Searching over 5,500,000 cases.

Buy This Entire Record For $7.95

Official citation and/or docket number and footnotes (if any) for this case available with purchase.

Learn more about what you receive with purchase of this case.

01/26/89 the People of the State of v. Dennis W. Bond

January 26, 1989





534 N.E.2d 156, 178 Ill. App. 3d 1020, 128 Ill. Dec. 136 1989.IL.79

Appeal from the Circuit Court of Macon County; the Hon. Rodney A. Scott, Judge, presiding.


JUSTICE GREEN delivered the opinion of the court. LUND and KNECHT, JJ., concur.


On March 24, 1988, following a jury trial in the circuit court of Macon County, defendant Dennis W. Bond was convicted of the offenses of armed violence, unlawful possession of a controlled substance with intent to deliver, unlawful possession of a controlled substance, and unlawful use of firearms by a felon. The court vacated the conviction for unlawful possession of a controlled substance and sentenced defendant to concurrent terms of eight years' imprisonment on the armed violence conviction, five years' imprisonment on the possession with intent to deliver conviction, and four years' imprisonment on the unlawful use of a weapon conviction.

On appeal, defendant maintains (1) he was not properly convicted of armed violence, because the State failed to prove a gun, found underneath cushions in a sofa in defendant's apartment, was "on or about" defendant's person; (2) the unlawful use of firearms charge should have been severed from the other charges at trial, despite defendant's failure to request a severance; and (3) the trial court erred, after finding defendant was indigent, in seizing part of his bond money to pay for the expense of a transcript. We affirm in part and reverse in part.

At trial, Sam Baum testified (1) he was a detective with the Macon County sheriff's department; (2) on December 22, 1987, he obtained and executed a search warrant at defendant's apartment; (3) when he and other officers arrived at the apartment, after knocking and announcing their presence, they heard noises from inside; (4) when no one answered the door, they then broke the door down and found a "hide-a-bed" sofa blocking the door; (5) they found defendant and another male inside the apartment; (6) a search of the apartment revealed a quantity of cocaine and various drug-related items, which were seized; (7) a loaded handgun, which was also seized, was found underneath a sofa cushion where defendant was sitting; (8) defendant admitted residing in the apartment and admitted ownership of the gun and the cocaine; and (9) defendant admitted he was attempting to flush some of the cocaine down the toilet when the officers arrived. Deputy Jerry Dawson and Detective Gilbert Veach also testified and substantially corroborated Baum's testimony.

Defendant testified in his own behalf and admitted that on December 22, 1987, he was in possession of the cocaine and the handgun which police found in his apartment. He noted, however, that the gun was not in plain view, and he had never intended to use it. He also admitted that he had a felony conviction in 1984. A certified copy of defendant's 1984 conviction was admitted into evidence by the State.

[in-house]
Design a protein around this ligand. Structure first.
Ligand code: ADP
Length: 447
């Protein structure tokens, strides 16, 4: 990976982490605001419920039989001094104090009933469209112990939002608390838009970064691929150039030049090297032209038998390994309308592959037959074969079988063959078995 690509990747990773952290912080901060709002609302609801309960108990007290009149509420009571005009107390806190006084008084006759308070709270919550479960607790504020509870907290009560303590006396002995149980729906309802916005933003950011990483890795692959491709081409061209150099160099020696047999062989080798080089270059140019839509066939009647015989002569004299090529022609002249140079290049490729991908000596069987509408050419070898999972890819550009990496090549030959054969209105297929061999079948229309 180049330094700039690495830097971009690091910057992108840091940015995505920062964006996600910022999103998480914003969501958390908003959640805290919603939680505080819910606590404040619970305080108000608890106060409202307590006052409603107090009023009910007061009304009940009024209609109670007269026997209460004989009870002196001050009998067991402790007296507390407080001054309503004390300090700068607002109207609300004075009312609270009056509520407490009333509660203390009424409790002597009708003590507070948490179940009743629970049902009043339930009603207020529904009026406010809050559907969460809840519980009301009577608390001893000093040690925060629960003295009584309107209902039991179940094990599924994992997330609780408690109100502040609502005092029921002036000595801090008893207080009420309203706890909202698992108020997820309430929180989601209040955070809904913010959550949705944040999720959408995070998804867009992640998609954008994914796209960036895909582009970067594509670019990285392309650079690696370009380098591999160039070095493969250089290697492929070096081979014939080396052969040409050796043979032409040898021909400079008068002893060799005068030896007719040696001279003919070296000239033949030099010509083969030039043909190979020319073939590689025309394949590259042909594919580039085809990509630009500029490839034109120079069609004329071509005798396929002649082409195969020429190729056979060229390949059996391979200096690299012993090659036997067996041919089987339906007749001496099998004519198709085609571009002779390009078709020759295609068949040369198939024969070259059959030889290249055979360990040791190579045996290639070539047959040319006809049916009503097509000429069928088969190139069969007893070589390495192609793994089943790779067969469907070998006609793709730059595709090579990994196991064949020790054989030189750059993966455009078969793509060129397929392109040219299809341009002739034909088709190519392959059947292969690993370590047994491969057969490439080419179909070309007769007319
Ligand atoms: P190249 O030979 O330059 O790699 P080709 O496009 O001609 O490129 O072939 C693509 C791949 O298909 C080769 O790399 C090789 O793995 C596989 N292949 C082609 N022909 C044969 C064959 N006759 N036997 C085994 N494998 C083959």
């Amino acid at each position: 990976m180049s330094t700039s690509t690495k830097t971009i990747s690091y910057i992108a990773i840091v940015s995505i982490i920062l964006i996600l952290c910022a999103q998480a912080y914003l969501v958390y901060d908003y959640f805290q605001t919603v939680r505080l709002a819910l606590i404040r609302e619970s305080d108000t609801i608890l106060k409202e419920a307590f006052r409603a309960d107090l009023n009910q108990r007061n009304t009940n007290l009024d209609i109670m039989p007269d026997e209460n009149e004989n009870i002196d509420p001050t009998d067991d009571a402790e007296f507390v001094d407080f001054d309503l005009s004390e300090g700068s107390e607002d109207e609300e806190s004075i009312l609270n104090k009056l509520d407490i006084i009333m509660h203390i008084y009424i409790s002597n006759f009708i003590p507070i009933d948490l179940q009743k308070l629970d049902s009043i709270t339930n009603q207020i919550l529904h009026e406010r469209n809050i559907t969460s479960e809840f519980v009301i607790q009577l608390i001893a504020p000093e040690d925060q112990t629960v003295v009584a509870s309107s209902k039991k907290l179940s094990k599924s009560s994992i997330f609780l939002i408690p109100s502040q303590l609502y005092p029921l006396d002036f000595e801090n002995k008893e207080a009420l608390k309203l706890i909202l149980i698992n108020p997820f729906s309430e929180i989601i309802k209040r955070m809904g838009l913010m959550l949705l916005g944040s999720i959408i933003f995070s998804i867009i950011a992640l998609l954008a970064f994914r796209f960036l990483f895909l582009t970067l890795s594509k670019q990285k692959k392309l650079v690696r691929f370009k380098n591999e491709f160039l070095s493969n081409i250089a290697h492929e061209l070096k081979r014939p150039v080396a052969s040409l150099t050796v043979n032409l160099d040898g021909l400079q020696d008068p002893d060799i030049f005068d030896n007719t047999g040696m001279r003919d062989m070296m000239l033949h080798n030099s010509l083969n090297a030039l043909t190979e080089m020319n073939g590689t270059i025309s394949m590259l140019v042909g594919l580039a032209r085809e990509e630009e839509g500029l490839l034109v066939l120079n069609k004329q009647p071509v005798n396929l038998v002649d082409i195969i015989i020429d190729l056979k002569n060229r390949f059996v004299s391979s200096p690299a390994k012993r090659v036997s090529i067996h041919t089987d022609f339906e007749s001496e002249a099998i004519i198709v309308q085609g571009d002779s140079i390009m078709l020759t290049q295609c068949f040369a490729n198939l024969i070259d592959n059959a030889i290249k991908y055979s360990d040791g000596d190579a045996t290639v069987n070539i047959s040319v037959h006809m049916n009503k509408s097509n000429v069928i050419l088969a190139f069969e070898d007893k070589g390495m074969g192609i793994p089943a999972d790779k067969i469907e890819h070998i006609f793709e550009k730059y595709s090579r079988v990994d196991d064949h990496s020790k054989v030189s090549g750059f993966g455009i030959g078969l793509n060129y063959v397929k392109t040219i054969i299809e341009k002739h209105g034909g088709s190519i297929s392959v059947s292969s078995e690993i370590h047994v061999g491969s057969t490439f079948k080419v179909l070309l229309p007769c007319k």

Defendant argues the State failed to prove he was armed with a dangerous weapon for purposes of the armed violence statute, because the gun was found in defendant's apartment, underneath the cushions of a sofa, and not "on or about" defendant's person. Defendant notes that he admitted he was in the bathroom trying to dispose of the cocaine in the toilet at the time the police announced their arrival, and he was later sitting on the floor when the police ordered him to sit on the sofa where the gun was eventually found. He maintains that since he had no intention of using the gun, his conviction of this offense results from the police officers' virtually placing the gun in his control.

The armed violence statute provides that a person commits the offense when, "while armed with a dangerous weapon, he commits any felony defined by Illinois Law." (Ill. Rev. Stat. 1987, ch. 38, par. 33A-2.) For purposes of this statute, a person is considered "armed with a dangerous weapon . . . when he carries on or about his person or is otherwise armed" with, for example, a pistol or revolver. Ill. Rev. Stat. 1987, ch. 38, par. 33A-1(a).

Defendant argues the purpose of the statute is to punish those who create an added risk of potential violence by carrying a weapon at the time they commit a crime. He maintains that here, where the gun was located underneath the cushions of a sofa, the risk contemplated by the armed violence statute does not exist.

In People v. Alejos (1983), 97 Ill. 2d 502, 455 N.E.2d 48, the court recognized, however, that the mere presence of a weapon and not its actual use was sufficient to meet the requirements of the statute. The court noted the "presence of a weapon enhances the danger that any felony that is committed will have deadly consequences should the victim offer resistance." (Alejos, 97 Ill. 2d at 508, 455 N.E.2d at 50.) The court further noted that the statute was designed to not only punish the criminal, but also to deter the conduct of carrying a weapon while committing a felony.

Although here the gun was not physically in defendant's hands or in actual contact with his "person," it was immediately accessible, as was the gun in People v. Lenoir (1984), 125 Ill. App. 3d 260, 465 N.E.2d 1027. There, the defendant was found alone, lying on a bed, watching television. A gun was found on the bed, near where the defendant was lying. The court found the circumstances supported the inferences that the defendant was in possession and control of the items on the bed, including the gun, and that he knew what was there.